A. The Policy behind Discharge

Author:Roderick J. Wood
Profession:Faculty of Law. University of Alberta

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For many individuals, the prospect of a bankruptcy discharge is the light at the end of the tunnel. Through discharge, a debtor is given a fresh start and is freed from the burdens of pre-existing indebtedness. However, the right to obtain a discharge is not absolute. A discharge may be made conditional, suspended, or denied completely in appropriate cases. Furthermore, not all debts are released on discharge, and the debtor may find that discharge has rejuvenated debts that otherwise would have been released. Discharge on bankruptcy remains a controversial subject, as is attested by the frequent shifts in bankruptcy policy that attempt to find the appropriate balance between the objective of economic rehabilitation of the debtor and that of maintaining public confidence in the credit system.

The bankruptcy discharge is one of the primary mechanisms through which bankruptcy law attempts to provide for the economic rehabilitation of the debtor. However, it is not the only means by which bankruptcy law seeks to meet this objective. The exclusion of exempt property from distribution to creditors, the surplus income provisions, and mandatory credit counselling also are directed towards this goal. The goal of debtor rehabilitation applies only to natural persons and

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not to artificial entities, and for this reason a corporation cannot obtain a discharge unless it has satisfied the claims of its creditors in full.1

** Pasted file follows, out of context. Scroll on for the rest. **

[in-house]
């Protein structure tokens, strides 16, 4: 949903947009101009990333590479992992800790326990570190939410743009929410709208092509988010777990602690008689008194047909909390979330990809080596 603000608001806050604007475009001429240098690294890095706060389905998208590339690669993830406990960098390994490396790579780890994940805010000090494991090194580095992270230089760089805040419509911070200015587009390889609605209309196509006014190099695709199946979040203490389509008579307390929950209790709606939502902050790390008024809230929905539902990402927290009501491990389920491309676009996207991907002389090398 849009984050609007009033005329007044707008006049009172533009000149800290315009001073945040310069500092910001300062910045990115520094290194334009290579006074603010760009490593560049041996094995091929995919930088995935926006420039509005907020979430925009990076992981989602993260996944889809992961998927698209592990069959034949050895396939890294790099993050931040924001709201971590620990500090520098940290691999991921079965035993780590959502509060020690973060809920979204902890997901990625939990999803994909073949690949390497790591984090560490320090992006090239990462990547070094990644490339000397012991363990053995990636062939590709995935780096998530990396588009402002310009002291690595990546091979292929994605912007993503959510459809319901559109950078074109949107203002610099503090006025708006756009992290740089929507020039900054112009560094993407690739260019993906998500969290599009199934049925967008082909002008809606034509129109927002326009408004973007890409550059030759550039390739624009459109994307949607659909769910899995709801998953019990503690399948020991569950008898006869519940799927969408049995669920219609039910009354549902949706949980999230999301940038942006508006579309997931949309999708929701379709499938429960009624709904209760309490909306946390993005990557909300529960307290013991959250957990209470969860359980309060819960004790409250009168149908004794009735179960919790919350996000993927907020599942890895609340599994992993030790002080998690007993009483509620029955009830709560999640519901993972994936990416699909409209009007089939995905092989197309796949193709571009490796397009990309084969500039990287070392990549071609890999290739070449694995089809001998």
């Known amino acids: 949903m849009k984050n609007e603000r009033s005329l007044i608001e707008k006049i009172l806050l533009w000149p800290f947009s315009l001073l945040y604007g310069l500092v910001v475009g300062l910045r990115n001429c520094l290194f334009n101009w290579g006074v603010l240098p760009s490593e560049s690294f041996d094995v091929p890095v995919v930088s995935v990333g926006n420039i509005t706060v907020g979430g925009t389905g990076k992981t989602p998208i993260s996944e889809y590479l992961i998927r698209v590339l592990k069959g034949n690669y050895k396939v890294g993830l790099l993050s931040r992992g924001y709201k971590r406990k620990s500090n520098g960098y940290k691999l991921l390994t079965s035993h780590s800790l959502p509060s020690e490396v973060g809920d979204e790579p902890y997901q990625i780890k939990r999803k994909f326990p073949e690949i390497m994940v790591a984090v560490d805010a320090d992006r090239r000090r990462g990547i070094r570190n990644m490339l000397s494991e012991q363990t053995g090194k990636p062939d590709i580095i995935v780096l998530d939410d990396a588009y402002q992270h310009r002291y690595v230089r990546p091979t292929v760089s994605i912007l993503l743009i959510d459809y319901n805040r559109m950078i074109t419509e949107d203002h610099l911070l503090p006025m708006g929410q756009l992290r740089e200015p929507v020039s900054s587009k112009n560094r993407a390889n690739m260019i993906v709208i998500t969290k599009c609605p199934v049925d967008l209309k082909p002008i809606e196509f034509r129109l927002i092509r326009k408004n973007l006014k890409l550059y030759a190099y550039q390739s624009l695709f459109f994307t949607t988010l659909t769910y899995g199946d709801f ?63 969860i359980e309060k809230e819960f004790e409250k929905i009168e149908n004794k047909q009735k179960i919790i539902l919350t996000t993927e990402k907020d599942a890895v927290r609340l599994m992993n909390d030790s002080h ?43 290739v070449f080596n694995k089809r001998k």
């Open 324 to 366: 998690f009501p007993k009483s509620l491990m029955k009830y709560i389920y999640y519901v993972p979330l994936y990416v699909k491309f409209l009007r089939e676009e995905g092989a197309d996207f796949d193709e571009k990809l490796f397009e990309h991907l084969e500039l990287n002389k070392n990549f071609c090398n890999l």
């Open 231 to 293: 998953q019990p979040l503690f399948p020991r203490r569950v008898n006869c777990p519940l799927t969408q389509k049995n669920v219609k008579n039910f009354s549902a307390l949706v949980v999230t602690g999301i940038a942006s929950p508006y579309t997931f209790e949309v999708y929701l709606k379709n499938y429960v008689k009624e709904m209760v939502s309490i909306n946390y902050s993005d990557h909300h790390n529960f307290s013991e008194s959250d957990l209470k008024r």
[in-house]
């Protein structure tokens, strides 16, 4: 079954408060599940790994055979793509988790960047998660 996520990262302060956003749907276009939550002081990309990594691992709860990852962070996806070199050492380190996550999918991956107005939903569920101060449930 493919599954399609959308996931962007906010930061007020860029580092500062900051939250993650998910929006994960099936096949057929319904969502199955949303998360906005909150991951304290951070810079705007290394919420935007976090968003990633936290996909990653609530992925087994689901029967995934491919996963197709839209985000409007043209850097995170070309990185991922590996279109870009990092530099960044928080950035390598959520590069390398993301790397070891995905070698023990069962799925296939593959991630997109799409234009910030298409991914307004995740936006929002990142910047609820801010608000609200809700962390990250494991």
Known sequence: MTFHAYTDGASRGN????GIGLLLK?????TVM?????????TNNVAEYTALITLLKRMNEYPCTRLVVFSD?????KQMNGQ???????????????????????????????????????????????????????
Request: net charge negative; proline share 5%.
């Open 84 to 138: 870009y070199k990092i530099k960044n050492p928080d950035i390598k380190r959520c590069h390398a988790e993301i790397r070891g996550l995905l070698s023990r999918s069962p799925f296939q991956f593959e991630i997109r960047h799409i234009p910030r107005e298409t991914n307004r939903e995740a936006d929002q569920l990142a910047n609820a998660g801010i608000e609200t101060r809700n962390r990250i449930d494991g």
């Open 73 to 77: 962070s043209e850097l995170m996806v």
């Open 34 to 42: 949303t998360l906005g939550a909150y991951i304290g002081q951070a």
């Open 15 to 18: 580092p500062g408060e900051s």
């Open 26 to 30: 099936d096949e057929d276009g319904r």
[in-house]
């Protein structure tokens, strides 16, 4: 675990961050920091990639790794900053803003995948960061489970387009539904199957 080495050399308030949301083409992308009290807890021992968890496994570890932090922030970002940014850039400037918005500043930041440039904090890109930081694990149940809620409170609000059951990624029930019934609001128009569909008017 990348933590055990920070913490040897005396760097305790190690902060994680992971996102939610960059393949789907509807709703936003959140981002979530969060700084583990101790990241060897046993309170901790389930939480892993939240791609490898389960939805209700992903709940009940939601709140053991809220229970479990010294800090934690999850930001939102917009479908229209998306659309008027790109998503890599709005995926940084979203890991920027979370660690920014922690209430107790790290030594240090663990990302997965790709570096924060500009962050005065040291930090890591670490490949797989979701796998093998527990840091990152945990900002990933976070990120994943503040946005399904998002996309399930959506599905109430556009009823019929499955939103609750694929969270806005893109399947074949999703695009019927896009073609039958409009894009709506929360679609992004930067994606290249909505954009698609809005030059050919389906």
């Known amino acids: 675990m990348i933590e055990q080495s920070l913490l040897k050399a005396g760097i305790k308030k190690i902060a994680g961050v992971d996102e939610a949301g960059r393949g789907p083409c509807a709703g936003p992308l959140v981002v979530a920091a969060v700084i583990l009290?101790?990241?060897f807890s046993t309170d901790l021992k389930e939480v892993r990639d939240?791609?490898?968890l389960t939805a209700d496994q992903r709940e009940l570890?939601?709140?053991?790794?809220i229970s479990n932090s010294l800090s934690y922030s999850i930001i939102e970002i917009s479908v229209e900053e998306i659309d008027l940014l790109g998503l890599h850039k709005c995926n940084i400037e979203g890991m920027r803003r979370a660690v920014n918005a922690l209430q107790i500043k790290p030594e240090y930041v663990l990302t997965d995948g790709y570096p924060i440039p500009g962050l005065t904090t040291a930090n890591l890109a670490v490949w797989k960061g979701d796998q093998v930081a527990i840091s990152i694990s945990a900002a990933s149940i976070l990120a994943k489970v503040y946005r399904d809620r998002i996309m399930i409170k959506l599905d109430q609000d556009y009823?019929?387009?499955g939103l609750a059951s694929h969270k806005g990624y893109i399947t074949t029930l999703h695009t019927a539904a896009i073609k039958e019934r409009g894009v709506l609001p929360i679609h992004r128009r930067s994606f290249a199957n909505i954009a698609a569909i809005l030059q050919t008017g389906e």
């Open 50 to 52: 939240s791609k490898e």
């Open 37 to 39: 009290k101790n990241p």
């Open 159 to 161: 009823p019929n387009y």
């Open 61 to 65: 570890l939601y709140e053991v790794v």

The "honest but unfortunate debtor" occupies a station in bankruptcy law akin to that of the "reasonable person" in negligence law. The phrase is used again and again throughout the Canadian case law, as well as that of the United States.2In the case of the individual, the purpose of the bankruptcy discharge is to permit the honest but unfortunate debtor to reintegrate into the business life of the country as a useful citizen free from the crushing burden of his or her debts.3

This marks a change from earlier attitudes towards bankruptcy that viewed all debtors as dishonest and that did not care to draw distinctions among reasons for financial distress.4Debtor rehabilitation was not the original objective of the bankruptcy discharge when it was first enacted in 1705. Its purpose was to provide an incentive to cooperate, and it operated in tandem with the death penalty as a disincentive for non-cooperative behaviour. The use of the discharge as a reward for cooperative conduct still exists in modern bankruptcy law...

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